7 Lessons Pro Athletes Can Teach Us About Business
It’s Friday night. You’re kicking back after a long work week with a couple of buddies, watching your favorite basketball team dominate on the court. One of your friends looks up from his phone and says, “Did you know that by the end of 2022, LeBron James will have earned $387.2 million?”
While not on the level of Jeff Bezos’ net worth, that’s still a number you struggle to comprehend. You roll your eyes and say, “Must be nice, getting paid so much to do what you love.” Meanwhile, you’re slaving away at your office job for a salary that pays the bills just fine—but pales in comparison to a multi-million dollar contract.
“Should have stuck with it after high school,” your buddy jokes, and you launch into a tirade about LeBron’s genetic advantage and how his natural talent has contributed to his success.
We’re quick to ascribe athletic prowess to inherent ability, preferring to believe that we just don’t have what it takes to reach such levels of greatness. In doing so, we fail to give athletes credit for the hours of grueling work they put in to become masters of their sport, and we fail to recognize our chance to learn valuable real-world lessons from their examples.
These seven athletes, each recognized in their fields for their exceptional abilities and accomplishments, have volumes to say about what their respective disciplines have taught them. And these principles are not just for professional athletes: they apply just as effectively to business.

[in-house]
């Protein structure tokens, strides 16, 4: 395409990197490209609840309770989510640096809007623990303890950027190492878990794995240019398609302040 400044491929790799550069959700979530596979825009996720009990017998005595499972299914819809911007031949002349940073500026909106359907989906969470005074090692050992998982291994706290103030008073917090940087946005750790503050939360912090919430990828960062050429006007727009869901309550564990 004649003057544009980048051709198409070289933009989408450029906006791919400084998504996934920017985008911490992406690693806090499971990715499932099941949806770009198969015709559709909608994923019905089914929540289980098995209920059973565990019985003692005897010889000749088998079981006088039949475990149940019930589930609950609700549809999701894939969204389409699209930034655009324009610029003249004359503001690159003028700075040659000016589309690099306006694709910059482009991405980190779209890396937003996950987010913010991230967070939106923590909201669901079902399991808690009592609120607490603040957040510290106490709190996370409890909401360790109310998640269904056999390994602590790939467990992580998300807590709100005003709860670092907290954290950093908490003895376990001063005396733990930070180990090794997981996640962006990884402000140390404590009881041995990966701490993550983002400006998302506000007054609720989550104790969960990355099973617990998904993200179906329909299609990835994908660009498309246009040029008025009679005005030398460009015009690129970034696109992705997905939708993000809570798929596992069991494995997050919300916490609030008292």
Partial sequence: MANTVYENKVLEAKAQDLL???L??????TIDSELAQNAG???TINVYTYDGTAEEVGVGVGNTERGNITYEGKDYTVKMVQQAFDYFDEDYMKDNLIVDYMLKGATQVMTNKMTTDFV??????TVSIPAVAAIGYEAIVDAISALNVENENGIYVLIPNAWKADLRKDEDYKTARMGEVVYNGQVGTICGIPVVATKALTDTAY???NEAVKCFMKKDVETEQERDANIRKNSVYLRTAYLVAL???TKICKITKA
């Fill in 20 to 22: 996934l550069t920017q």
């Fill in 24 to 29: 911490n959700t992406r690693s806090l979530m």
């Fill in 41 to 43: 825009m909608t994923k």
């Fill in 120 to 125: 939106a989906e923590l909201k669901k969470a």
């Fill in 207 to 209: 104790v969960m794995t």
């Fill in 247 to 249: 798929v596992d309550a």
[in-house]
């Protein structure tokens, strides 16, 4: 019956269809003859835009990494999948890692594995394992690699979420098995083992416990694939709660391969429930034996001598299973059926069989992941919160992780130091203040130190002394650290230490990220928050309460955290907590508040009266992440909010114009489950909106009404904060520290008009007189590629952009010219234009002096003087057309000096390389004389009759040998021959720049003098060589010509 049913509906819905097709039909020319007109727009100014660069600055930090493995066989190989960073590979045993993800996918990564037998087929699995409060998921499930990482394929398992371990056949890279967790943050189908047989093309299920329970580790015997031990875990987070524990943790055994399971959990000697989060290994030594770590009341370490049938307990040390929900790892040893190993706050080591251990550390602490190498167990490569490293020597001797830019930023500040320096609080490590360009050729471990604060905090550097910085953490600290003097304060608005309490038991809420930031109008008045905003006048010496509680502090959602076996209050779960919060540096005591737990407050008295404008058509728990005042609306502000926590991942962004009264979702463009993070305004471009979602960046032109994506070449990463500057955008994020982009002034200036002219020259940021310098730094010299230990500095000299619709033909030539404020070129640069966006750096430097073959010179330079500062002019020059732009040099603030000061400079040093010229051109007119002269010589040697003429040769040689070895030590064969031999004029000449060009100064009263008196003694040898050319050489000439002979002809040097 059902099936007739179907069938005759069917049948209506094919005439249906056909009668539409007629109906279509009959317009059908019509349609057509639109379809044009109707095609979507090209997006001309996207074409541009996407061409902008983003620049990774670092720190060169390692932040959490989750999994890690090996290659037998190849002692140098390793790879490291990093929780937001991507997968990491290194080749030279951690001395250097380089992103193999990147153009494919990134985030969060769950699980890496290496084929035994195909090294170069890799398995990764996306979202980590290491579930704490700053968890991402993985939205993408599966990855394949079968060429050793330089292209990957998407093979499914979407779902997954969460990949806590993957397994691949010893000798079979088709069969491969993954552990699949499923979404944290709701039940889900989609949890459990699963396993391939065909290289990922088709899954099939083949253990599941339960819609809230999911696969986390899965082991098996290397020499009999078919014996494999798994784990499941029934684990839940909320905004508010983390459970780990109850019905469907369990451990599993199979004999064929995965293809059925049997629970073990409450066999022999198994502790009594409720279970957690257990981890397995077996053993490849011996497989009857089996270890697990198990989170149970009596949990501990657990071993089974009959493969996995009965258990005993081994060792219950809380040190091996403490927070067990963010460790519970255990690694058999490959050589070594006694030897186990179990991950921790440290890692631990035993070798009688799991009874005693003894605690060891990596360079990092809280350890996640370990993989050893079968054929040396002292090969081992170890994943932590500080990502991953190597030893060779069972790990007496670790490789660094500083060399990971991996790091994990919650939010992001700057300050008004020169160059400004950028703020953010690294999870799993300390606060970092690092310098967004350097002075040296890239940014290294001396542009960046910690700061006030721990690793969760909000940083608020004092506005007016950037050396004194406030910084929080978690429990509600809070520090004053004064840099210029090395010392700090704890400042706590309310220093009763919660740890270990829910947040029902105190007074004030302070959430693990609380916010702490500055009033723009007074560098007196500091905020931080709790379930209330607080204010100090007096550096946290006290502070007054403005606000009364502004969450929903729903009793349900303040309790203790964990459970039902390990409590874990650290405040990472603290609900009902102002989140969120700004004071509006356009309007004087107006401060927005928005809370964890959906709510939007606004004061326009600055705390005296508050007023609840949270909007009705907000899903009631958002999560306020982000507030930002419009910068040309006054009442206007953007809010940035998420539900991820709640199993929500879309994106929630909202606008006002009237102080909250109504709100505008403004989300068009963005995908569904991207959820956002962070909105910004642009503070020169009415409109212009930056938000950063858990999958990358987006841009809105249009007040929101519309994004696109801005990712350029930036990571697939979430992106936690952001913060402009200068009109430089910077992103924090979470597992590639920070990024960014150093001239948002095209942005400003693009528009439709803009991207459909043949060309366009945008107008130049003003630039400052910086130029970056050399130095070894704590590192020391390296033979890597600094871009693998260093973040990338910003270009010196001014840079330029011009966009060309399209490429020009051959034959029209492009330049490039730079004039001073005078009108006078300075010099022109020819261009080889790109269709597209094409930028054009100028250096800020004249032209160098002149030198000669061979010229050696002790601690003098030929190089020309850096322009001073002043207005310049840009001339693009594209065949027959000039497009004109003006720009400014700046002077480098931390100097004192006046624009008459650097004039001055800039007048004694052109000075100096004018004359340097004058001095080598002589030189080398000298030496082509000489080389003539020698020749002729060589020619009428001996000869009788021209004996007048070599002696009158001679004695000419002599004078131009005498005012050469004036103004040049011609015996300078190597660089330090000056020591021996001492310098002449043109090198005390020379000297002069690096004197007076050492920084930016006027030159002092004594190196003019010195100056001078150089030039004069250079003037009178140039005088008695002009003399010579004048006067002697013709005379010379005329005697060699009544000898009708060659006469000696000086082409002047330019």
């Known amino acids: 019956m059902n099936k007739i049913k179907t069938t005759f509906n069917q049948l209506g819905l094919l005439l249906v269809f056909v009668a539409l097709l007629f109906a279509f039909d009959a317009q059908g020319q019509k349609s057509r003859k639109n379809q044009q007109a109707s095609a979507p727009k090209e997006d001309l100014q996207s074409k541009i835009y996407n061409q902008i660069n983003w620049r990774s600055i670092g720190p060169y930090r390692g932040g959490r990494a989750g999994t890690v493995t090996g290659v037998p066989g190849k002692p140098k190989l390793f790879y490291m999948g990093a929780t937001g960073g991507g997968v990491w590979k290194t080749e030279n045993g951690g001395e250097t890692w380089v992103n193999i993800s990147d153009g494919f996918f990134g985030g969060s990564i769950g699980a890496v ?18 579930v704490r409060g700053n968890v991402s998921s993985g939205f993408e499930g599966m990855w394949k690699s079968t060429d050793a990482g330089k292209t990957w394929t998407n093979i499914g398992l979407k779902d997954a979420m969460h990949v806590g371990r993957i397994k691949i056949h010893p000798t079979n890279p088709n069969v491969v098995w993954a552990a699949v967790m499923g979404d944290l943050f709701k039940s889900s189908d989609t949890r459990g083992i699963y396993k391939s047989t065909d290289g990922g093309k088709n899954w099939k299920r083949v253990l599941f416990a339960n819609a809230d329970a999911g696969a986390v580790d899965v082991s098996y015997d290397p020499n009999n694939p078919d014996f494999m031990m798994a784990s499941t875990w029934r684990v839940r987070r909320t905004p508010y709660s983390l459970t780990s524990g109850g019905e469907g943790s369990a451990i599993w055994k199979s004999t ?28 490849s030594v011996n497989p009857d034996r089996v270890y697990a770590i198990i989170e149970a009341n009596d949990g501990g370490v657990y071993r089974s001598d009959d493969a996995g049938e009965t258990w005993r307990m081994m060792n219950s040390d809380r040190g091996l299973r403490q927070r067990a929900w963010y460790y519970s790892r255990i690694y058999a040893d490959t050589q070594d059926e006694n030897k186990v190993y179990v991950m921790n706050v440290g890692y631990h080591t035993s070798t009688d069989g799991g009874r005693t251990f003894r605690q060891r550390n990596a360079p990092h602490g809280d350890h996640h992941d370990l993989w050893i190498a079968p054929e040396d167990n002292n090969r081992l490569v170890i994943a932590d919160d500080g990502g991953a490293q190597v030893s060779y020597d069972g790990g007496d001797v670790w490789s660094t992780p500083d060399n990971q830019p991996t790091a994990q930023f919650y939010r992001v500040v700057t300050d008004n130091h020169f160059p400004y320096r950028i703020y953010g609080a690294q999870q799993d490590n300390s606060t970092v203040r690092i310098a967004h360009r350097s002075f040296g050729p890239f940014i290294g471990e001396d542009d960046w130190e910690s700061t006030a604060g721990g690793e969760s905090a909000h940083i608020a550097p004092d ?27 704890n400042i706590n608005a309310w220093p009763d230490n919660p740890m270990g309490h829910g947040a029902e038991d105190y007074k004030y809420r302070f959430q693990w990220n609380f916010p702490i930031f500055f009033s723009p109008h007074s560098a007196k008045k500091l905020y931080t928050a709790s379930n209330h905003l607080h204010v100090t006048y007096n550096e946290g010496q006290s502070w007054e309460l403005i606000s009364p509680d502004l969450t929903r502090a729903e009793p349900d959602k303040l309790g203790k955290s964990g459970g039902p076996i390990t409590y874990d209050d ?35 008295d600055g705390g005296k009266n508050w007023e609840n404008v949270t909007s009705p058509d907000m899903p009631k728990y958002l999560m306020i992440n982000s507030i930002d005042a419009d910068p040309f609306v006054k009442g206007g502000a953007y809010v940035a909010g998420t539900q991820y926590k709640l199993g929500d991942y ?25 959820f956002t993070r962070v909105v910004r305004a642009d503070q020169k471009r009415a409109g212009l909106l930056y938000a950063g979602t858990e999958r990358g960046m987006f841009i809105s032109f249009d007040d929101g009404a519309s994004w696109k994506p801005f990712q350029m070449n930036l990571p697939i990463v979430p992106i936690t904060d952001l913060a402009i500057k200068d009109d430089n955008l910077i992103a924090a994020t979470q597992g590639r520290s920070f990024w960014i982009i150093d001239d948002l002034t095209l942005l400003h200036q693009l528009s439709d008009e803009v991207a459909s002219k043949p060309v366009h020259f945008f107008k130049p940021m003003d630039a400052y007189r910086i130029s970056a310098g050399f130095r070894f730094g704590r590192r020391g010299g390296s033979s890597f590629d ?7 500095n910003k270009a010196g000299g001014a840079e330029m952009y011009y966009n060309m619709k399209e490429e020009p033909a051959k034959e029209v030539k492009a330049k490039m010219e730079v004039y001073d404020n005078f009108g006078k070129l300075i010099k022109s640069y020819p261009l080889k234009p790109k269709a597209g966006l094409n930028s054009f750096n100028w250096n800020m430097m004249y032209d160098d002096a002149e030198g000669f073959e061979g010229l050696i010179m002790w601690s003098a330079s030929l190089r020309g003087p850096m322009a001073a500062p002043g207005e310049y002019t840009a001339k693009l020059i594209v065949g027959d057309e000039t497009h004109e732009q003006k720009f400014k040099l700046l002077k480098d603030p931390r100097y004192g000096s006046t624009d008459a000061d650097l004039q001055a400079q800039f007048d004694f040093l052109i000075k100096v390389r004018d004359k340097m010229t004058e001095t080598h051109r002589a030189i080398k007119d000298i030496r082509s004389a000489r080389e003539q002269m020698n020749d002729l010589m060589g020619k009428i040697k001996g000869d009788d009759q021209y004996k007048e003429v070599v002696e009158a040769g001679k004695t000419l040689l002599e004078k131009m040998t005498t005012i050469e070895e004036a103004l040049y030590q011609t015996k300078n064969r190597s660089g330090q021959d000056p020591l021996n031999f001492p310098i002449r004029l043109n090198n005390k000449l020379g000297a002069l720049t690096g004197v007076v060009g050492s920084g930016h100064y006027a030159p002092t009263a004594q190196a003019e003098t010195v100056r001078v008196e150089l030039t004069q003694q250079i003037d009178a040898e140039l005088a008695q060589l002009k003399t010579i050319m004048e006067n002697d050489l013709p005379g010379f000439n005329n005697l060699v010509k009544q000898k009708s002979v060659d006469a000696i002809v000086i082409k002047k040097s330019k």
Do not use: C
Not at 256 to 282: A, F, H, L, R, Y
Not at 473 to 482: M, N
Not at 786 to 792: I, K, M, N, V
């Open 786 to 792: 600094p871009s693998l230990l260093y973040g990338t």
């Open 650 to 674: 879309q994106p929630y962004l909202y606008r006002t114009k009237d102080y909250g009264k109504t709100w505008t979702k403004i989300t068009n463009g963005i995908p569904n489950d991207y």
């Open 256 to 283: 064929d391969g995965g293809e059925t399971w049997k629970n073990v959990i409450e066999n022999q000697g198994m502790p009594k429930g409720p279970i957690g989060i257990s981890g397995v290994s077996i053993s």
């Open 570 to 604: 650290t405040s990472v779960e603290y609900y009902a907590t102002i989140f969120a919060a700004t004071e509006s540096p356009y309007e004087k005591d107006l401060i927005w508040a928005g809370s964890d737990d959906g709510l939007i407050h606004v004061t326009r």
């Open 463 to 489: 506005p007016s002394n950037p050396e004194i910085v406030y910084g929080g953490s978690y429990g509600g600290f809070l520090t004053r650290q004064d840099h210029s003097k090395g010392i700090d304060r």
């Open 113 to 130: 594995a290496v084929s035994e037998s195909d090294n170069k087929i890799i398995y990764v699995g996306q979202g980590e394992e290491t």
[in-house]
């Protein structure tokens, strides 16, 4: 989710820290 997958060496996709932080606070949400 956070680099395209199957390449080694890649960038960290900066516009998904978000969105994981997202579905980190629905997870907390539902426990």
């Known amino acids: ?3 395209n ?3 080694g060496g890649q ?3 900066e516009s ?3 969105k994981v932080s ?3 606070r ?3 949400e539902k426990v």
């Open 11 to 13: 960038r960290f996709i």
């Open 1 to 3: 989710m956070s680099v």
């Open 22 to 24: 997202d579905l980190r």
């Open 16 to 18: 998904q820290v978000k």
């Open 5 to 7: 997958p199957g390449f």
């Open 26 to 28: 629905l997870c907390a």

1. Bethany Hamilton: Perseverance
After winning her first surfing competition at age eight, Bethany was already on her way to realizing her dream of becoming a professional surfer. But at age 13, she lost her left arm to a tiger shark. Rather than letting this seemingly insurmountable setback define her, however, Bethany rose to the challenge and fought daily to overcome the obstacles created by the loss of her arm. She was inducted into the Surfers’ Hall of Fame in 2017.
In the unpredictable world of business, complications can arise and obscure our vision of the ultimate goal. It’s vital to remember to break each challenge down into manageable steps to avoid discouragement, and to keep moving forward even when we encounter frustrations.
2. Mat Fraser: Accountability
Mat Fraser put himself on the map when he placed second at his first CrossFit Games. Predicted to win the following year, he lost a 100-point lead and ceded first place to an underdog athlete. That silver medal became the driving force behind a complete lifestyle overhaul. Says Fraser, “It represented the cut corners, the slacking off, the thinking I could out-train a bad diet. If I had won…I would have kept those bad habits.” Instead of making excuses, Fraser committed to the work necessary to become the best. He has since won the CrossFit Games—and the title of Fittest Man on Earth—four consecutive times.
A deal falls through, a client chooses a different service provider, an award your business deserves goes to another one instead—is it just tough luck, or your unwillingness to take a hard look at your suboptimal practices? Excuses don’t generate success. Holding yourself and your team accountable and refusing to settle for less than excellence will yield the desired results.
3. Michael Jordan: Optimism
With six championship wins in his 15-season NBA career, Michael Jordan has reason to believe in himself. Even before he garnered the proof, though, the basketball great refused to consider the possibility of failure. “You have to expect things of yourself before you can do them,” he says. Jordan never agonized over missed shots or past decisions, focusing instead on doing his best in the present moment.